Save The Last Dance (12)

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The ViewLondon Review

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Review byMatthew Turner05/04/2001

3 stars out of 5
Running time: 112 mins

Likeable teen romance that overcomes its inevitable predictability thanks to its talented cast and its avoidance of both clichés and syrupy sentimentality.

Julia Stiles (Ten Things I Hate About You, State and Main, Hamlet) stars as Sara, a seventeen year-old aspiring ballet dancer who rejects her dreams of getting into the prestigious Julliard Dance Academy after the death of her mother in a car crash (for which Sara blames herself, as her mother was on her way to see her Julliard audition).

As the movie begins, Sara relocates to Chicago to live with her estranged father (Terry Kinney) and quickly discovers that she is one of only a handful of white kids at her new high school. Fortunately, Sara is swiftly befriended by Chenille (Kerry Washington, who looks a little like X-Men’s Halle Berry), through whom she is introduced to both the local hip-hop nightclub, and Chenille’s brother Derek (Sean Patrick Thomas), and when Derek offers to teach Sara some hip-hop moves, the two find themselves falling in love, despite the disapproval of their peers.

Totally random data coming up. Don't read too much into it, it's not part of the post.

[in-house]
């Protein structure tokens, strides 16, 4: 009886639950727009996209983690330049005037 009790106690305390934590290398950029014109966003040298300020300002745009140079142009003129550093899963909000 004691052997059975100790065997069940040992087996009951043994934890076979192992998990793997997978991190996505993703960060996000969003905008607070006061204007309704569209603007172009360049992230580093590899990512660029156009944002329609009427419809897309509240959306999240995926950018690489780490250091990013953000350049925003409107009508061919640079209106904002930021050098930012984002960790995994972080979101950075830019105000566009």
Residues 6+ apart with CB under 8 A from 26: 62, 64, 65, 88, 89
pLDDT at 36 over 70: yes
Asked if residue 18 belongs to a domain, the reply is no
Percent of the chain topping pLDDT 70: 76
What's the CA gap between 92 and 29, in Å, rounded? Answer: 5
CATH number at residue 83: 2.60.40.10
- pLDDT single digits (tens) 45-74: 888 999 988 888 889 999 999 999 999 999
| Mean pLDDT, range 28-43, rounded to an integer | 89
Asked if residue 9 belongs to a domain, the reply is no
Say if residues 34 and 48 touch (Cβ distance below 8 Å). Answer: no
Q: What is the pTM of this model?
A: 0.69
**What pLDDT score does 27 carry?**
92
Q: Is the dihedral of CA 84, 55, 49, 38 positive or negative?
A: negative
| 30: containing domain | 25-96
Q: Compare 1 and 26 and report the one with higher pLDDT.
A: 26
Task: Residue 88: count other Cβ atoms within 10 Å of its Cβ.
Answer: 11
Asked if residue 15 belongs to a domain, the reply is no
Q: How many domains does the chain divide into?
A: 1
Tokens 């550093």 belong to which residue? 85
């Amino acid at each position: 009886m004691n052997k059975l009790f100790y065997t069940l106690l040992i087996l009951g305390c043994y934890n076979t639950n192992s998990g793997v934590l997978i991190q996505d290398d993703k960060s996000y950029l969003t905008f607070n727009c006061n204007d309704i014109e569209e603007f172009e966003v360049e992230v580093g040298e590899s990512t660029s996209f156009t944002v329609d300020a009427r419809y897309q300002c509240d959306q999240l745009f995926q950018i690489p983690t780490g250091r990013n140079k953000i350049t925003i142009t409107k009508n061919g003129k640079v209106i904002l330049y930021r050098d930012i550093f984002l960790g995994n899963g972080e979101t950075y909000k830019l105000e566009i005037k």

Meanwhile, with Derek’s prompting and encouragement, Sara rediscovers both her love of ballet and her dreams of applying to Julliard. With a plot this simple, it’s not too hard to guess how it all ends up.

Luckily, however, though the story may be overly familiar from films such as Flashdance, Dirty Dancing and any number of teen romances or ‘ghetto movies’, director Carter manages to move the story along without ever resorting to either the expected clichés (e.g. a territorial drive-by shooting ends in a pleasingly undramatic manner) or the over-scored syrupy sentimentality that usually accompanies such things. As a result, the ‘big’ emotional scenes in the film carry that much extra weight for being relatively underplayed.

The acting is spot-on: Stiles and Thomas make an appealing couple, and there’s excellent support from Washington, Kinney, Fredro Starr as Malakai, Derek’s trouble-seeking best friend, and Bianca Lawson as Nikki, with whom Stiles has an impressively realistic catfight!

If the film has a flaw, it’s that the ballet sequences are edited in such a way that leaves you in no doubt that Stiles needed a ‘ballet double’, with lots of cuts between her upper torso and ‘her’ legs. That said, the final ‘contemporary piece’ audition sequence is superb (this time Stiles does her own dancing), and this more than makes up for the sub-standard ballet scenes.

In short, then, this is pretty decent as these things go, and while probably not destined for ‘the Dirty Dancing of the Noughties’ status, it’s still an agreeable Friday night ‘date movie’. Worth watching.

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Save The Last Dance (12)
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Content updated: 21/10/2017 03:44

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